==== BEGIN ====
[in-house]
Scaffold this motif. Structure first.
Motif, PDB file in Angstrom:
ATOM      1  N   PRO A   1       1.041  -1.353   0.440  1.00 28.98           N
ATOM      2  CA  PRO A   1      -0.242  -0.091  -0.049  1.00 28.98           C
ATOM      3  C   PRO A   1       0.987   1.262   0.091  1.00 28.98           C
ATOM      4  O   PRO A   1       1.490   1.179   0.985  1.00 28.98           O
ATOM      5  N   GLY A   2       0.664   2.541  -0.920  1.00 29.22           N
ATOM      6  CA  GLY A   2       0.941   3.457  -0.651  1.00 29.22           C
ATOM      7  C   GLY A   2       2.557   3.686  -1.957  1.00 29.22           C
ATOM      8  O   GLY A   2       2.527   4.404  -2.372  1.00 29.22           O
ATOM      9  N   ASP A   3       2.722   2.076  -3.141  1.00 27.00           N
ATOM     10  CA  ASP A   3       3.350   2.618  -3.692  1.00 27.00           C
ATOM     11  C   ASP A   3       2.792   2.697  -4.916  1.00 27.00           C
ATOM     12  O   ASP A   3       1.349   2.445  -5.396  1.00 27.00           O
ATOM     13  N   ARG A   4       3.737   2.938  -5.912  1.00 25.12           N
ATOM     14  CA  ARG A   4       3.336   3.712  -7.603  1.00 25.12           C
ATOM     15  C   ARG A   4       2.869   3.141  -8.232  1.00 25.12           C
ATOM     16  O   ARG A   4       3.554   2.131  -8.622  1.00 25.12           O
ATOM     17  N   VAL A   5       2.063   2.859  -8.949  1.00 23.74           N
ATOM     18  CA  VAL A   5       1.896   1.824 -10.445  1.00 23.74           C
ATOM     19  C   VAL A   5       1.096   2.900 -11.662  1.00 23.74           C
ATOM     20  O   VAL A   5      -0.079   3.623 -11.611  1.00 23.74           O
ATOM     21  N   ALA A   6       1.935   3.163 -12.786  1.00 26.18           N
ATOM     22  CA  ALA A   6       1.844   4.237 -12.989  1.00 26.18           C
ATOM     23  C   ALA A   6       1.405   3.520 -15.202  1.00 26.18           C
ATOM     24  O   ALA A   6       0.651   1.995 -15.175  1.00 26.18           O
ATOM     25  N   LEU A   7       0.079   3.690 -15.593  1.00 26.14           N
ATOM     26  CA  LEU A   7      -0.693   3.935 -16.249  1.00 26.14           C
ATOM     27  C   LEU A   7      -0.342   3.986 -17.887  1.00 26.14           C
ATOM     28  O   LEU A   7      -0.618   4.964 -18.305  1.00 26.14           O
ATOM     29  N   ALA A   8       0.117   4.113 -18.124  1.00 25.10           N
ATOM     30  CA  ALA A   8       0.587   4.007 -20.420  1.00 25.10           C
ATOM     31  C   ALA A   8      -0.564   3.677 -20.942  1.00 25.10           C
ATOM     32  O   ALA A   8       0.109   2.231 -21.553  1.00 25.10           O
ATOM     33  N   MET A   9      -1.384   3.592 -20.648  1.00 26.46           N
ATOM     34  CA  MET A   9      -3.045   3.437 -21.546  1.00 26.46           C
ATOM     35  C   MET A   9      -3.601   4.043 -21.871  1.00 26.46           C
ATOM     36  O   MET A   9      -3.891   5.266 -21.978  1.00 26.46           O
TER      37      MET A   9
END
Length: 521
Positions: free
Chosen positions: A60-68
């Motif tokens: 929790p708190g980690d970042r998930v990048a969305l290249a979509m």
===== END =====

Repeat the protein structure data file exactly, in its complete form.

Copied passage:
[in-house]
Scaffold this motif. Structure first.
Motif, PDB file in Angstrom:
ATOM      1  N   PRO A   1       1.041  -1.353   0.440  1.00 28.98           N
ATOM      2  CA  PRO A   1      -0.242  -0.091  -0.049  1.00 28.98           C
ATOM      3  C   PRO A   1       0.987   1.262   0.091  1.00 28.98           C
ATOM      4  O   PRO A   1       1.490   1.179   0.985  1.00 28.98           O
ATOM      5  N   GLY A   2       0.664   2.541  -0.920  1.00 29.22           N
ATOM      6  CA  GLY A   2       0.941   3.457  -0.651  1.00 29.22           C
ATOM      7  C   GLY A   2       2.557   3.686  -1.957  1.00 29.22           C
ATOM      8  O   GLY A   2       2.527   4.404  -2.372  1.00 29.22           O
ATOM      9  N   ASP A   3       2.722   2.076  -3.141  1.00 27.00           N
ATOM     10  CA  ASP A   3       3.350   2.618  -3.692  1.00 27.00           C
ATOM     11  C   ASP A   3       2.792   2.697  -4.916  1.00 27.00           C
ATOM     12  O   ASP A   3       1.349   2.445  -5.396  1.00 27.00           O
ATOM     13  N   ARG A   4       3.737   2.938  -5.912  1.00 25.12           N
ATOM     14  CA  ARG A   4       3.336   3.712  -7.603  1.00 25.12           C
ATOM     15  C   ARG A   4       2.869   3.141  -8.232  1.00 25.12           C
ATOM     16  O   ARG A   4       3.554   2.131  -8.622  1.00 25.12           O
ATOM     17  N   VAL A   5       2.063   2.859  -8.949  1.00 23.74           N
ATOM     18  CA  VAL A   5       1.896   1.824 -10.445  1.00 23.74           C
ATOM     19  C   VAL A   5       1.096   2.900 -11.662  1.00 23.74           C
ATOM     20  O   VAL A   5      -0.079   3.623 -11.611  1.00 23.74           O
ATOM     21  N   ALA A   6       1.935   3.163 -12.786  1.00 26.18           N
ATOM     22  CA  ALA A   6       1.844   4.237 -12.989  1.00 26.18           C
ATOM     23  C   ALA A   6       1.405   3.520 -15.202  1.00 26.18           C
ATOM     24  O   ALA A   6       0.651   1.995 -15.175  1.00 26.18           O
ATOM     25  N   LEU A   7       0.079   3.690 -15.593  1.00 26.14           N
ATOM     26  CA  LEU A   7      -0.693   3.935 -16.249  1.00 26.14           C
ATOM     27  C   LEU A   7      -0.342   3.986 -17.887  1.00 26.14           C
ATOM     28  O   LEU A   7      -0.618   4.964 -18.305  1.00 26.14           O
ATOM     29  N   ALA A   8       0.117   4.113 -18.124  1.00 25.10           N
ATOM     30  CA  ALA A   8       0.587   4.007 -20.420  1.00 25.10           C
ATOM     31  C   ALA A   8      -0.564   3.677 -20.942  1.00 25.10           C
ATOM     32  O   ALA A   8       0.109   2.231 -21.553  1.00 25.10           O
ATOM     33  N   MET A   9      -1.384   3.592 -20.648  1.00 26.46           N
ATOM     34  CA  MET A   9      -3.045   3.437 -21.546  1.00 26.46           C
ATOM     35  C   MET A   9      -3.601   4.043 -21.871  1.00 26.46           C
ATOM     36  O   MET A   9      -3.891   5.266 -21.978  1.00 26.46           O
TER      37      MET A   9
END
Length: 521
Positions: free
Chosen positions: A60-68
């Motif tokens: 929790p708190g980690d970042r998930v990048a969305l290249a979509m």